Bringing Geography to Life with Google Maps & Skitch


There are times where a chance remark can lead to amazing learning outcomes. The use of Google Maps and Skitch in Year 2 and 3 Geography was one of those occasions …

A conversation about mapping skills led to a suggestion that we take a risk, and see if we could integrate Google Maps (which I know and love) and Skitch (which I’d never used with students) into my colleagues’ Geography unit. We soon had four excited teachers, and some incredibly excited students, learning about “bird’s eye view”, “street view”, voice navigation, and labelling maps with Skitch.

We gave a brief demonstration of how to use Google Maps (looking up our school), and then let students play – looking for their homes and local neighbourhoods. They loved the Voice Search feature, although some soon realised they didn’t actually know their home address … ! Others were a little frustrated that Google apparently didn’t understand them! We also encouraged them to explore Google Street View, and the photos that people upload to Google Maps and Earth.

We then asked students to take screenshots of the map, and gave them a basic introduction to the Skitch annotation tools. In Year 2, students annotated maps of their homes and neighbourhoods. In Year 3, students explored, and annotated photos of the natural and built environments in Papua New Guinea. These are some of the results! (Note: some slight edits / cropping to remove street names).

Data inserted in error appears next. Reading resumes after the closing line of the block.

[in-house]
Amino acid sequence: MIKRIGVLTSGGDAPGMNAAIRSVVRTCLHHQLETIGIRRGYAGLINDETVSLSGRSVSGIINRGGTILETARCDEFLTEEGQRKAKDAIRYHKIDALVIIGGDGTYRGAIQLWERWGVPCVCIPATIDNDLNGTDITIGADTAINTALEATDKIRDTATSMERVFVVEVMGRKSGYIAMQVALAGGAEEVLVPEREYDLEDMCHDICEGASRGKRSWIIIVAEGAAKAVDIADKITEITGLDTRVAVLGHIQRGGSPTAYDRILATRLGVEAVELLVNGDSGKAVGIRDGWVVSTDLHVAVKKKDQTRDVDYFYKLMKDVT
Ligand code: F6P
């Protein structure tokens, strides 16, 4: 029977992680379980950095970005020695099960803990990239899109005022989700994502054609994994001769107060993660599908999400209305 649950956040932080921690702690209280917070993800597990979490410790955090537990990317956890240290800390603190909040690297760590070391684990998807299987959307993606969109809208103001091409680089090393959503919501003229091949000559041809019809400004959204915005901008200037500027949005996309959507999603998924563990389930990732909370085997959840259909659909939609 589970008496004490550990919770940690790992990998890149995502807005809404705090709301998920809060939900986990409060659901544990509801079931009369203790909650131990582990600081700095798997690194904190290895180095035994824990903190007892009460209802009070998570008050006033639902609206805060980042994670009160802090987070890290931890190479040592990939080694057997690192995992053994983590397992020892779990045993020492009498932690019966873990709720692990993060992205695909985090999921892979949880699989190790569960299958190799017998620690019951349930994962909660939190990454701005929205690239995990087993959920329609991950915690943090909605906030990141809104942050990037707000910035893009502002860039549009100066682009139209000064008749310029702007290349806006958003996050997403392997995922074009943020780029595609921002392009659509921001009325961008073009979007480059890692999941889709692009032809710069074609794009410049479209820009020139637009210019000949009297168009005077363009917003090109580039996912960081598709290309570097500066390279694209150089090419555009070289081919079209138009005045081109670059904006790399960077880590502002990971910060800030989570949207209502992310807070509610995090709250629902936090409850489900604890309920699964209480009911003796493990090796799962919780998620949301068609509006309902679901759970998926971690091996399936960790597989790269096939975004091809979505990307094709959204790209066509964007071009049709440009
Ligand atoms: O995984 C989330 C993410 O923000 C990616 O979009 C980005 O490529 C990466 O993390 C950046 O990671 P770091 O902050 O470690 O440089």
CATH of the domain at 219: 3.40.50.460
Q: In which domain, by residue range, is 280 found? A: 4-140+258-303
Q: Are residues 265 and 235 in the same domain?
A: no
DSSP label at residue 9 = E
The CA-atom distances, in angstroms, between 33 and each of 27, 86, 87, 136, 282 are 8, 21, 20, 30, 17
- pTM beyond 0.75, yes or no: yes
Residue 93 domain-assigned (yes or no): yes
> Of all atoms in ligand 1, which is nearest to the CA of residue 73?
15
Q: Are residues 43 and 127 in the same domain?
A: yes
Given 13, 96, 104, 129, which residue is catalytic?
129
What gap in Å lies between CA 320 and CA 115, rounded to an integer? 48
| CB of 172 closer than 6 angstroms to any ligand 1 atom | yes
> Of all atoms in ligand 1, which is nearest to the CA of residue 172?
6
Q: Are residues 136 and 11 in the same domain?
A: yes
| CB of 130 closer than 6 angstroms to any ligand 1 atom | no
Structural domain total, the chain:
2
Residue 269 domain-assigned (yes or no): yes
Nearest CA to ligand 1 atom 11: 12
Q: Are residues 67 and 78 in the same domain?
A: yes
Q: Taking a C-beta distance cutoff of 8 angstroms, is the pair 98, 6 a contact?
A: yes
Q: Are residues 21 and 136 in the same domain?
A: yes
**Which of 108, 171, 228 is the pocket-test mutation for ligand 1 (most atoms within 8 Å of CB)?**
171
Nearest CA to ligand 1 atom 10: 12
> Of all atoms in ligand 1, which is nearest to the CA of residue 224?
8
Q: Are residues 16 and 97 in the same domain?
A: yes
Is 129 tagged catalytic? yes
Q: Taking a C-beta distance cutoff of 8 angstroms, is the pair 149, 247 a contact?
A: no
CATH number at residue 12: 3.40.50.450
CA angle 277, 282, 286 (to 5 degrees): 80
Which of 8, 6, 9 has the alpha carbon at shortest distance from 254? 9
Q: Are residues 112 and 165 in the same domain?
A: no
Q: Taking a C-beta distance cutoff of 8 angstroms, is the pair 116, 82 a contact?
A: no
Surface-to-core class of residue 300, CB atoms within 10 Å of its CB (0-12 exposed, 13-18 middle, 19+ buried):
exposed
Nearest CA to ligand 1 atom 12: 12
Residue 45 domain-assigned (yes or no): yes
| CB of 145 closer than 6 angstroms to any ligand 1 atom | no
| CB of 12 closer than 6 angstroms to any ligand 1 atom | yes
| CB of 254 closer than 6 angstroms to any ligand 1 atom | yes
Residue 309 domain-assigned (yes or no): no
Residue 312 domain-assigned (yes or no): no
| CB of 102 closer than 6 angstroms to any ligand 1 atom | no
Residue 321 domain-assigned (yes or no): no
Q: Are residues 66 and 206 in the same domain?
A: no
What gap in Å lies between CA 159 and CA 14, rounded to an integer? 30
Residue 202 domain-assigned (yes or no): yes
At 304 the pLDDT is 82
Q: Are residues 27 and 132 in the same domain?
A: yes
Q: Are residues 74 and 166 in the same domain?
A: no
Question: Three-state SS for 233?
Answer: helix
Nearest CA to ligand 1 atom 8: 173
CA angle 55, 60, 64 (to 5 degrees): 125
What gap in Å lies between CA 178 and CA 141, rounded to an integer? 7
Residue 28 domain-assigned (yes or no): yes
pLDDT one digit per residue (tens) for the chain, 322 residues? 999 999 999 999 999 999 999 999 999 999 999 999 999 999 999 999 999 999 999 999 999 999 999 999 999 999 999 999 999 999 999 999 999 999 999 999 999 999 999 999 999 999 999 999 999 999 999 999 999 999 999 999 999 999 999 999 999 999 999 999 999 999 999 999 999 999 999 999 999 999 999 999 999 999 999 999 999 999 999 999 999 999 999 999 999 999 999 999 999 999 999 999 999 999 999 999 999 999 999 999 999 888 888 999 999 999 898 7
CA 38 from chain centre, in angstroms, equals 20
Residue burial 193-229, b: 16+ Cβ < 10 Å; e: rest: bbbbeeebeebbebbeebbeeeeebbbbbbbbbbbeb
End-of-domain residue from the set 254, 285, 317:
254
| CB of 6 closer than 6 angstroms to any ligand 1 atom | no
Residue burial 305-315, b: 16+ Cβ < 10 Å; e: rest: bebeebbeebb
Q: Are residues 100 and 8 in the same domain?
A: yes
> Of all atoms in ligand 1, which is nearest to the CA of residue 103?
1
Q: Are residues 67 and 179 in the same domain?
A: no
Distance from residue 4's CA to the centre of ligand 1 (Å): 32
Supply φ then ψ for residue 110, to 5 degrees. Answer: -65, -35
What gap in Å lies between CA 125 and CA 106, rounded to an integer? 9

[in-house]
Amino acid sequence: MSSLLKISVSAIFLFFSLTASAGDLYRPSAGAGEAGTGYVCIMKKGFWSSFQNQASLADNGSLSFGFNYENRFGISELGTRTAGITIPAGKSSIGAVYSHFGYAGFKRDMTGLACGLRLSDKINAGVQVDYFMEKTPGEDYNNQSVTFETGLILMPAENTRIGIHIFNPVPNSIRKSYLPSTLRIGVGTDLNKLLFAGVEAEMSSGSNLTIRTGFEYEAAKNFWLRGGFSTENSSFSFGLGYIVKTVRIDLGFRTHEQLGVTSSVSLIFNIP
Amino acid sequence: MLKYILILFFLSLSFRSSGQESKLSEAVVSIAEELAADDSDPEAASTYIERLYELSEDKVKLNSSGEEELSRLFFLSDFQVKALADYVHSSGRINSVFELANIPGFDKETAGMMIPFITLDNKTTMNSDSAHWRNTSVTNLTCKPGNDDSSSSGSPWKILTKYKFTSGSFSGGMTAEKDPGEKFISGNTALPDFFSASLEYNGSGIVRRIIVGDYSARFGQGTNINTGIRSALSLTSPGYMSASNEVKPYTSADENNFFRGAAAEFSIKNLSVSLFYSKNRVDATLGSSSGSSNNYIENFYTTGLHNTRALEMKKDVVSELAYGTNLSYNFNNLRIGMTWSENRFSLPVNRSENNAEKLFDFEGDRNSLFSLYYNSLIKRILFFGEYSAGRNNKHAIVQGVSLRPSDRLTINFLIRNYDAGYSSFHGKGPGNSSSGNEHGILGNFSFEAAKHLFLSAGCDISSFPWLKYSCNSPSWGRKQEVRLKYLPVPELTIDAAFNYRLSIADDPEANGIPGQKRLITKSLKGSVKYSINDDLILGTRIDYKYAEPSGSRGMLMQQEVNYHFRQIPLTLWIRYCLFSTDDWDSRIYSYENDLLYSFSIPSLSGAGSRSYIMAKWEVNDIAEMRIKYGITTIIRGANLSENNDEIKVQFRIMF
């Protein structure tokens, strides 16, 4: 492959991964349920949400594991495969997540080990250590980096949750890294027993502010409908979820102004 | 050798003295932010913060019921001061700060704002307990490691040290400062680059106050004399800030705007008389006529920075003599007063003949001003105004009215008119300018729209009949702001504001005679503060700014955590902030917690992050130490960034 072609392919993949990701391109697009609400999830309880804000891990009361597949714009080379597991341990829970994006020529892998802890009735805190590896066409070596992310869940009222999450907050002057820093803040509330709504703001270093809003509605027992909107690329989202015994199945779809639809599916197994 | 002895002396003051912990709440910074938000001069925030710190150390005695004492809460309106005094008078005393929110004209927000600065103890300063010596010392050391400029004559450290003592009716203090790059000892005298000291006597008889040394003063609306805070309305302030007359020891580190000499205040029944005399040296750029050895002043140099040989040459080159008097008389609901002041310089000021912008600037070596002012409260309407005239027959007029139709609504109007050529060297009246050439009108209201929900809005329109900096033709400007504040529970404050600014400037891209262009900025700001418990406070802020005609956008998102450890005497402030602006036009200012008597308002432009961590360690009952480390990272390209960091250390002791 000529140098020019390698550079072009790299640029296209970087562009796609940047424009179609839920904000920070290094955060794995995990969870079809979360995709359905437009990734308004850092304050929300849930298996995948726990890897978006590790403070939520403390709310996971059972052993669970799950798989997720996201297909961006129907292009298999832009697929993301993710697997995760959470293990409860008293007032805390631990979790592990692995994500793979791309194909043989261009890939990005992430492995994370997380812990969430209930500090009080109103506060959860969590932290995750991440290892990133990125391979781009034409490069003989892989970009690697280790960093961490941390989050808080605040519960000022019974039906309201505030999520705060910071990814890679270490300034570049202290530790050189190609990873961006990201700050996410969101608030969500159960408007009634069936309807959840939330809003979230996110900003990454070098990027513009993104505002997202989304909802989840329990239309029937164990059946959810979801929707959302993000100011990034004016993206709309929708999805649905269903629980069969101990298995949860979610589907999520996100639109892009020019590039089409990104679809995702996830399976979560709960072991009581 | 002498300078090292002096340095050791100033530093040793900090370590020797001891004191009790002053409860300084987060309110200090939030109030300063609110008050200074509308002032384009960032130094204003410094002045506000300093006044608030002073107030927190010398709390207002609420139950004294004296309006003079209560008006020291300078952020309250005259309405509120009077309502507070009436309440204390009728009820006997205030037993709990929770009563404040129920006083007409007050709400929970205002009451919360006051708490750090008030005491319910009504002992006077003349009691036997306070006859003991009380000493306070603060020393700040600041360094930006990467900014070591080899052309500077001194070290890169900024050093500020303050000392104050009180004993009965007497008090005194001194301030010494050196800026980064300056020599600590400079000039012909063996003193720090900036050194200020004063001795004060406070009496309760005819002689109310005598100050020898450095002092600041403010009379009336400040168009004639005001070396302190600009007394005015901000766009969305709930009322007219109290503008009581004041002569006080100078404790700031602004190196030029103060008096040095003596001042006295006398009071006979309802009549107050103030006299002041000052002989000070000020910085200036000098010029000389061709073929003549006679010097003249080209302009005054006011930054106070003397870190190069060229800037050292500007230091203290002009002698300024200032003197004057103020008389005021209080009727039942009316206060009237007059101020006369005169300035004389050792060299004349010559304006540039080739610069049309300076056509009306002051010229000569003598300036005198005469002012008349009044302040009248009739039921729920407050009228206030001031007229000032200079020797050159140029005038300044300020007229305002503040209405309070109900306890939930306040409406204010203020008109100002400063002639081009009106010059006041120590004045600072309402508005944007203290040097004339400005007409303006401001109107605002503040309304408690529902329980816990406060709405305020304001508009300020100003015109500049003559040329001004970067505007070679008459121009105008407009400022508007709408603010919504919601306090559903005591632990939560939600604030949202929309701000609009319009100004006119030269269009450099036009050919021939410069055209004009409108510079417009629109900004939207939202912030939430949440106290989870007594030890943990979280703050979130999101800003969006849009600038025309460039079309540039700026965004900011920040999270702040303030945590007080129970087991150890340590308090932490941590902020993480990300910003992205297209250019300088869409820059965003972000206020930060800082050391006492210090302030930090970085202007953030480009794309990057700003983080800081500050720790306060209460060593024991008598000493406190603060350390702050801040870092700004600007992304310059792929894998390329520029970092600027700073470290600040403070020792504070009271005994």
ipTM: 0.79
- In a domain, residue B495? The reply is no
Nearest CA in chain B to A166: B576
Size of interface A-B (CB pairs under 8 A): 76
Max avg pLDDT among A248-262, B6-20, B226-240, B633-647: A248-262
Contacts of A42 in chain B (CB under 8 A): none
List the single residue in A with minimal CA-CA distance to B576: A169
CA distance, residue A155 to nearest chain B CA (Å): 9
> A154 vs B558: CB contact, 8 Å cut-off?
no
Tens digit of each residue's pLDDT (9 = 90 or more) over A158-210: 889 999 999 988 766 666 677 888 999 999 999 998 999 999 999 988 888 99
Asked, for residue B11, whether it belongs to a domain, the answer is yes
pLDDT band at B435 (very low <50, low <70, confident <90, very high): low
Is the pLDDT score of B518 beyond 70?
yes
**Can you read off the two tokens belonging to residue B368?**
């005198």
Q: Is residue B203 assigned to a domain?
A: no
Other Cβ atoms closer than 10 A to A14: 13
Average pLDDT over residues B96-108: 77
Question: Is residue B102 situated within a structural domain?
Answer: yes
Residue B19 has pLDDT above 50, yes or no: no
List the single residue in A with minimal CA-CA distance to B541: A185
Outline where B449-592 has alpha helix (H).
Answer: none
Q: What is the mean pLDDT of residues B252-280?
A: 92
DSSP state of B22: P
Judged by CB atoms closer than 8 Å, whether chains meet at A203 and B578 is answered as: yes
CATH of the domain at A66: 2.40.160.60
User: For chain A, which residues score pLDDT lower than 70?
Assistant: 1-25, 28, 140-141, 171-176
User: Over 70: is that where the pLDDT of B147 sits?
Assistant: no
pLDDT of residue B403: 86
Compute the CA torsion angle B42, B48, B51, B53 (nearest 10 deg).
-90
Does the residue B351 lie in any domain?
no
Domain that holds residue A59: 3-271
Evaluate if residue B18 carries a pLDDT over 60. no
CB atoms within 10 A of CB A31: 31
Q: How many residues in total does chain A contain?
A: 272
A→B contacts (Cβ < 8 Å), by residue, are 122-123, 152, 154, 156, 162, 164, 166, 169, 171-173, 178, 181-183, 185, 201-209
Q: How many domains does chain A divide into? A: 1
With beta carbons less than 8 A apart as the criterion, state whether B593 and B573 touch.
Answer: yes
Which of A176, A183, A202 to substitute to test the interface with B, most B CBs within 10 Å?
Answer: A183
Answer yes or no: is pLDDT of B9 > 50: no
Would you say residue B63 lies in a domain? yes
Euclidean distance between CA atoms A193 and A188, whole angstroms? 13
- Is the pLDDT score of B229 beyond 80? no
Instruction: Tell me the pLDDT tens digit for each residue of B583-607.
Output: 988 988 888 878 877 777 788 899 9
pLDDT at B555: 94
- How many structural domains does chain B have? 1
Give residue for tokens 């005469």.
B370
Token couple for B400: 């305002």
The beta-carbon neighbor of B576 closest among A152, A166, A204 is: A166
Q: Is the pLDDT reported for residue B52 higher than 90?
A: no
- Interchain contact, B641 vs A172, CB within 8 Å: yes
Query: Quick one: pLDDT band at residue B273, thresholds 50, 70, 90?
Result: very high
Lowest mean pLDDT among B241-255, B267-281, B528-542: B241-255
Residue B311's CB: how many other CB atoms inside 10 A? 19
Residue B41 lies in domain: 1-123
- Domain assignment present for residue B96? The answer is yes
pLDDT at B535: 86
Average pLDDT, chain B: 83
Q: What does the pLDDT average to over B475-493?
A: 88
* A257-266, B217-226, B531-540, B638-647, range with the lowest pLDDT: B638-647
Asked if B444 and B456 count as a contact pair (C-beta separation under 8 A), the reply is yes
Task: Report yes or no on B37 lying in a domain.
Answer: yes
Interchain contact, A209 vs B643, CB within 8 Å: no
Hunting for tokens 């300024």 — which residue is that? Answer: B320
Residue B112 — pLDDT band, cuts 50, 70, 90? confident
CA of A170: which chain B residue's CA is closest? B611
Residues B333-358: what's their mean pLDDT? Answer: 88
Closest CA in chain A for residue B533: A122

Exploring Papua New Guinea

lily & ilaria 3B

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Lily & Ilaria 3B


Next Steps

We were blown away by how quickly our young students learned how to use Google Maps and Skitch, and just how powerful a tool it can be for teaching Geography concepts. We will definitely use it more extensively in the coming school year, possibly in Maths (directions), Science, and Geography.

Please share how you use Google Maps and Skitch in your classes in the comments below!

Experimenting with Popplet in Year 3 Science


For those who have never heard of Popplet, it is a nifty brainstorming / concept mapping iPad app. While covering a Year 3 science class last year, I asked my students to have a go at using it to describe characteristics of living and non living things. These are some screenshots of the results.

I know this is barely scratching the surface of Popplet’s potential, and it is on my list for exploring further this year. If you use Popplet, or know of some great Early Childhood examples, would you mind leaving a link in the comments? I’d love to show my colleagues. Thanks 🙂
Ashleigh 3B11 53 30 am

Holly 3B 11 54 30 am

Ilaria 3B 11 45 49 am